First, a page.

Don’T Quite Super Size Me: Demand For Portion Sizes and Bundles Based on Menu Format

This research addresses the contextual effect of extremeness aversion. Using fast food and soft drinks as the case study, it demonstrates how consumers have increased their caloric intake even though their intrinsic preference for the different drink sizes has remained the same. With this understanding, we evaluate how firms could reduce caloric consumption associated with soft drinks without major restriction of product choice or increases in the average price paid by the consumers and still maintain profits. We find our approach is superior to, the much discussed and implemented in six states, soft drink tax.



Citation:

Kathryn Sharpe, Richard Staelin, and Joel Huber (2007) ,"Don’T Quite Super Size Me: Demand For Portion Sizes and Bundles Based on Menu Format", in NA - Advances in Consumer Research Volume 34, eds. Gavan Fitzsimons and Vicki Morwitz, Duluth, MN : Association for Consumer Research, Pages: 647-700.

Authors

Kathryn Sharpe, Duke University
Richard Staelin, Duke University
Joel Huber, Duke University



Volume

NA - Advances in Consumer Research Volume 34 | 2007



Share Proceeding

Featured papers

See More

Featured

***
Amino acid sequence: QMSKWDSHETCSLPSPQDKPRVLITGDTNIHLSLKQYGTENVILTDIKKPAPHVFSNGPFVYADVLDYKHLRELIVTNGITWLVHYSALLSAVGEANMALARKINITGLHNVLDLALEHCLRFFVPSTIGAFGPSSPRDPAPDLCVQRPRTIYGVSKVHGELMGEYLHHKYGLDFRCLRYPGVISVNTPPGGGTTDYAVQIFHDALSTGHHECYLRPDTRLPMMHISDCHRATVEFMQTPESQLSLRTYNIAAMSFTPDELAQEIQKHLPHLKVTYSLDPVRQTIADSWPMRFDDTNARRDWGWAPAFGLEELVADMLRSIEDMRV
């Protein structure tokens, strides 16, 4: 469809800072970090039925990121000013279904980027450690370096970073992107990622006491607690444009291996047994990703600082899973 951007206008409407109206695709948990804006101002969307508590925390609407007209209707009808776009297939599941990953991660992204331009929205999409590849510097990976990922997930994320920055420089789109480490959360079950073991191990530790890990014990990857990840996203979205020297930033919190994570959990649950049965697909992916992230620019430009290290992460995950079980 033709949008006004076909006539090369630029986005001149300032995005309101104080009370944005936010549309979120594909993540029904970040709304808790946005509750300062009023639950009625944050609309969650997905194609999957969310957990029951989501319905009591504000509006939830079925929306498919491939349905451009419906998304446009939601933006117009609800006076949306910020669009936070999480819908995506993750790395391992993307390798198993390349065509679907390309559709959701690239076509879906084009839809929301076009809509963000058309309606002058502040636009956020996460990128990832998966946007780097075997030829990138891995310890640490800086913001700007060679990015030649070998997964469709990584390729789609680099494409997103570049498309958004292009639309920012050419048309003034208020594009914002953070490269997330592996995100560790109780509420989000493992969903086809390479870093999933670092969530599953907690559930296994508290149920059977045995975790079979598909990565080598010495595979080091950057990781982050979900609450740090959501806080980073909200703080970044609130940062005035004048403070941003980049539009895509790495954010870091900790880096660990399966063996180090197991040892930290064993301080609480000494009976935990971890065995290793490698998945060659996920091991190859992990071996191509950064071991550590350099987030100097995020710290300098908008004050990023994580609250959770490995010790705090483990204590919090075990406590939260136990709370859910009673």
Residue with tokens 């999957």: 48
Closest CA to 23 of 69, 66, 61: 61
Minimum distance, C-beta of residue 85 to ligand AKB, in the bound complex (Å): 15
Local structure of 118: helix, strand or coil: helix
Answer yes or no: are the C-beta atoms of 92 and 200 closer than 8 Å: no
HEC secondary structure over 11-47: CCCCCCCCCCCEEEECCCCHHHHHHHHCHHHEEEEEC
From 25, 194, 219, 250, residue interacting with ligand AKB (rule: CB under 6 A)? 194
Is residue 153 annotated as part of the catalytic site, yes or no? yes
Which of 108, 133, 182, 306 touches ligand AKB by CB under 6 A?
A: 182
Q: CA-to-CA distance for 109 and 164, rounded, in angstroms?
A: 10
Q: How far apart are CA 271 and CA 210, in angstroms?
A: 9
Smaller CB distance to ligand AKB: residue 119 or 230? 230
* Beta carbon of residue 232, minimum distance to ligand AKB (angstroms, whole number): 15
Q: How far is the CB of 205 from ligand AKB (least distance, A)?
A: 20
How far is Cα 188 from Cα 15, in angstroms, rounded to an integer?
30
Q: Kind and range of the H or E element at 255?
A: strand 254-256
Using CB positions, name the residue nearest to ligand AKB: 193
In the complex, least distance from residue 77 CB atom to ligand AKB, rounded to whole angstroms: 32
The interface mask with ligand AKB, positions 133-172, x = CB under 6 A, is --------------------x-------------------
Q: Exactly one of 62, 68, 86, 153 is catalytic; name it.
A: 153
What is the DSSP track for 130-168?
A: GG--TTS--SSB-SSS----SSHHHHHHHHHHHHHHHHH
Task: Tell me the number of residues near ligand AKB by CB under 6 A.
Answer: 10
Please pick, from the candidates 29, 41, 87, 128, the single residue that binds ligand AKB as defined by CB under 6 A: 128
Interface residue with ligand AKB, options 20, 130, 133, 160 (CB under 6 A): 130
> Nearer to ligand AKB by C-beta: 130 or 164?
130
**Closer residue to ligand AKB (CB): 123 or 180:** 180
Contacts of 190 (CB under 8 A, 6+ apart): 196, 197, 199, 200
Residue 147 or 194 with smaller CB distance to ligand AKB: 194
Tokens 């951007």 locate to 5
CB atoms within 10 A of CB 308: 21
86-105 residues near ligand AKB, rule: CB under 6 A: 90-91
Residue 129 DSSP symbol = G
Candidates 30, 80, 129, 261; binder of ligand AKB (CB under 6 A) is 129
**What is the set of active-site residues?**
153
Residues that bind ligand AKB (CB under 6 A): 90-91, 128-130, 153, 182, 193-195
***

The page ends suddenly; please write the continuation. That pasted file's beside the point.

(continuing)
Can Fear Be Eaten? Emotional and Behavioral Consequences of Intake of Fear-inducing Food or Drink

Jiangang Du, Nankai University
Qiuying Zheng, Beijing University of Chinese Medicine
Michael K. Hui, Chinese University of Hong Kong, China
Xiucheng Fan, Fudan University, China

Read More

Featured

L13. The Recipient Effect on Consumers’ Preference for Products Displayed in Different Horizontal Locations

Sheng Bi, Washington State University, USA
Nik Nikolov, Washington State University, USA
Julio Sevilla, University of Georgia, USA

Read More

Featured

Round It Up: Preference Exists for Rounded Totals (PERT)

Varun Sharma, Bocconi University, Italy
aradhna krishna, University of Michigan, USA
Zachary Estes, Bocconi University, Italy

Read More

Engage with Us

Becoming an Association for Consumer Research member is simple. Membership in ACR is relatively inexpensive, but brings significant benefits to its members.